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Published: February 24, 2014
 / Spring 2014 / Issue 74

 
 

Align with Your Star Employees

When you connect the development of your top talent with the needs of your organization, everyone wins—and your best people stay. To assess how well you’re retaining your top talent, take our interactive quiz.

Think back. Reflect on your career and write down your five biggest leadership disappointments.

If your experience is typical, your list will include losing top-quality talent. The memory of “suddenly” losing one of your best and brightest never seems to fade. The story is always the same: They weren’t looking, but a great opportunity just fell into their lap.

(Right. Sure it did.)

Hearing the news makes your heart sink and shifts your reality. It’s not just business; it’s personal. They aren’t just leaving the organization; they’re leaving you. Despite all the time spent together making plans, overcoming adversity, and celebrating accomplishments, they have decided that your best efforts as a leader weren’t good enough. To cope, you rationalize: People are responsible for their own career. You say to yourself: They come and they go. There’s nothing I could have done. No one is indispensable. No big deal.

But it is a big deal, of course. Losing high performers is painful, both personally and professionally. Consider the story of Sean, a high-potential employee who left a company after five years because he felt disconnected and disrespected. His direct supervisor did little, if anything, to sponsor him. All the groundbreaking work led by Sean, while apparent to his team, peers, and customers, was invisible to the powers that be. When he pitched requests for additional resources, he was turned down. And when he expressed interest in an opportunity for promotion, he was politely but firmly dismissed. When Sean had finally had enough and landed a better position with a rival, senior managers were at first surprised and then dismayed, as they were barraged with complaints about his departure from his former colleagues. As is often the case with external hires (of which 46 percent fail, according to Mark Murphy, CEO of Leadership IQ), lacking organizational context and trusted relationships, Sean’s replacement was struggling, unable to pick up where Sean left off and finding it difficult to connect with colleagues who were holding on to the past.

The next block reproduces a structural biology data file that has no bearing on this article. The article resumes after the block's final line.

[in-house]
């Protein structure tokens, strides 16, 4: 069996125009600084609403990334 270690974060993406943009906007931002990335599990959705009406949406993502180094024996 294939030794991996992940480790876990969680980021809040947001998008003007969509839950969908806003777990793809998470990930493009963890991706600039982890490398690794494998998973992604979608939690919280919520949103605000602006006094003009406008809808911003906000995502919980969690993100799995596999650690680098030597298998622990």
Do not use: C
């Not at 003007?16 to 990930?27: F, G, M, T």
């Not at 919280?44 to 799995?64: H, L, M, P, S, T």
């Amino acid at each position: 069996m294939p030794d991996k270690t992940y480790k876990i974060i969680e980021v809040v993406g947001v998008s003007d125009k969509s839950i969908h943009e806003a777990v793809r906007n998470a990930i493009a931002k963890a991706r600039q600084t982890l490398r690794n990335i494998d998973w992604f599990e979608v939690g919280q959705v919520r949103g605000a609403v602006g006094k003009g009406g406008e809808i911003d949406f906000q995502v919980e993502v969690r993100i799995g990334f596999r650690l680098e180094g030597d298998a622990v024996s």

High potentials have plenty of options to think and act in their own best interests, along with the confidence to do so. According to a study by the Corporate Executive Board (CEB), as many as 25 percent of high-potential employees plan on leaving their jobs within a year. To understand why, consider the reasons others gave in the CEB study for not leaving:

  • They feel connected: “I like the people here. They’re my friends. This feels like a team—like a fam-ily. I might make more money if I left, but I don’t want to leave the people here.”
  • They feel challenged: “I’m finding meaning and happiness now. The work is exciting, and I love what I’m doing.”
  • They feel developed: “I can follow my dreams. This organization is giving me the chance to grow and do what I really want to do in life.”

When these conditions do not exist, high performers will head for the exits.

Leaders who excel at retaining top talent truly care about the people delivering the performance. They are inspired by the vision of their employees coming home after work, with a smile on their face, saying, “Guess what I did today.” These leaders invest time to help their most valuable contributors understand their capabilities and career goals, improve their performance, and get the necessary sponsorship and support. They consider talent development one of the most important—and satisfying—parts of their job, and they invest their time accordingly (on average, 20 percent of it, according to research from Aon Hewitt).

 
 
 
 
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